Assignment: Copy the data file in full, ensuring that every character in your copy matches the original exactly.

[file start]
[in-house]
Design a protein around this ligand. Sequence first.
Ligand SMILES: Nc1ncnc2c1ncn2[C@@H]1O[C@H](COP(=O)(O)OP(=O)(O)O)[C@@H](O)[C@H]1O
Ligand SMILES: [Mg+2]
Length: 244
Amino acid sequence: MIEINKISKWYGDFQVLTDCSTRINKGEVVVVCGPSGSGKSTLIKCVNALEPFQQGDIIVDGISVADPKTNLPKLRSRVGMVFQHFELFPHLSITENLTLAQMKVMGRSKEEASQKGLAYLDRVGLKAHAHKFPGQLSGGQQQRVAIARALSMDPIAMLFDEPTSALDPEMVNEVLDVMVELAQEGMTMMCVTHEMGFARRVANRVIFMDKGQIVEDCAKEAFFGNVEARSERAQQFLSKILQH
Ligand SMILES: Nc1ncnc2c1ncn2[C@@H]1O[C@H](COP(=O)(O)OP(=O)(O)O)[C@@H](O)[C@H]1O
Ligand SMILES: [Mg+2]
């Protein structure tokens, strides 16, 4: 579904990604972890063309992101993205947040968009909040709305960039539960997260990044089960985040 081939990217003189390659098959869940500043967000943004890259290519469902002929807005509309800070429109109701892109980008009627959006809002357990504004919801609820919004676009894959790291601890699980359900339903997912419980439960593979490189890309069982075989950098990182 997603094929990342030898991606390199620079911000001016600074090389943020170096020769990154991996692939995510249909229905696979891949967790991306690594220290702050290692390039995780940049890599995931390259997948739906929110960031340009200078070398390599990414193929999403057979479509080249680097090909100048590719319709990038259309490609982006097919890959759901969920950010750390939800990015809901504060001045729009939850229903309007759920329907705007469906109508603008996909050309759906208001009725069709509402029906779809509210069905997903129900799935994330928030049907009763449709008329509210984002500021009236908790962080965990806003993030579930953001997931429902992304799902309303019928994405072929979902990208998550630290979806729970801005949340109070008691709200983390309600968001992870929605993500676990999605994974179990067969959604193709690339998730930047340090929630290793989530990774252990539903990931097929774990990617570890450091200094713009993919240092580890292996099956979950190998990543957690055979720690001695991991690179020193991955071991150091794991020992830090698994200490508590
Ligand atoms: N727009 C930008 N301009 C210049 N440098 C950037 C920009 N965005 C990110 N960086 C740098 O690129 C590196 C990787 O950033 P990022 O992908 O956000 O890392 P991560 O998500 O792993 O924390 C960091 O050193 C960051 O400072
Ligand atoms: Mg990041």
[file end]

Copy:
[in-house]
Design a protein around this ligand. Sequence first.
Ligand SMILES: Nc1ncnc2c1ncn2[C@@H]1O[C@H](COP(=O)(O)OP(=O)(O)O)[C@@H](O)[C@H]1O
Ligand SMILES: [Mg+2]
Length: 244
Amino acid sequence: MIEINKISKWYGDFQVLTDCSTRINKGEVVVVCGPSGSGKSTLIKCVNALEPFQQGDIIVDGISVADPKTNLPKLRSRVGMVFQHFELFPHLSITENLTLAQMKVMGRSKEEASQKGLAYLDRVGLKAHAHKFPGQLSGGQQQRVAIARALSMDPIAMLFDEPTSALDPEMVNEVLDVMVELAQEGMTMMCVTHEMGFARRVANRVIFMDKGQIVEDCAKEAFFGNVEARSERAQQFLSKILQH
Ligand SMILES: Nc1ncnc2c1ncn2[C@@H]1O[C@H](COP(=O)(O)OP(=O)(O)O)[C@@H](O)[C@H]1O
Ligand SMILES: [Mg+2]
């Protein structure tokens, strides 16, 4: 579904990604972890063309992101993205947040968009909040709305960039539960997260990044089960985040 081939990217003189390659098959869940500043967000943004890259290519469902002929807005509309800070429109109701892109980008009627959006809002357990504004919801609820919004676009894959790291601890699980359900339903997912419980439960593979490189890309069982075989950098990182 997603094929990342030898991606390199620079911000001016600074090389943020170096020769990154991996692939995510249909229905696979891949967790991306690594220290702050290692390039995780940049890599995931390259997948739906929110960031340009200078070398390599990414193929999403057979479509080249680097090909100048590719319709990038259309490609982006097919890959759901969920950010750390939800990015809901504060001045729009939850229903309007759920329907705007469906109508603008996909050309759906208001009725069709509402029906779809509210069905997903129900799935994330928030049907009763449709008329509210984002500021009236908790962080965990806003993030579930953001997931429902992304799902309303019928994405072929979902990208998550630290979806729970801005949340109070008691709200983390309600968001992870929605993500676990999605994974179990067969959604193709690339998730930047340090929630290793989530990774252990539903990931097929774990990617570890450091200094713009993919240092580890292996099956979950190998990543957690055979720690001695991991690179020193991955071991150091794991020992830090698994200490508590
Ligand atoms: N727009 C930008 N301009 C210049 N440098 C950037 C920009 N965005 C990110 N960086 C740098 O690129 C590196 C990787 O950033 P990022 O992908 O956000 O890392 P991560 O998500 O792993 O924390 C960091 O050193 C960051 O400072
Ligand atoms: Mg990041």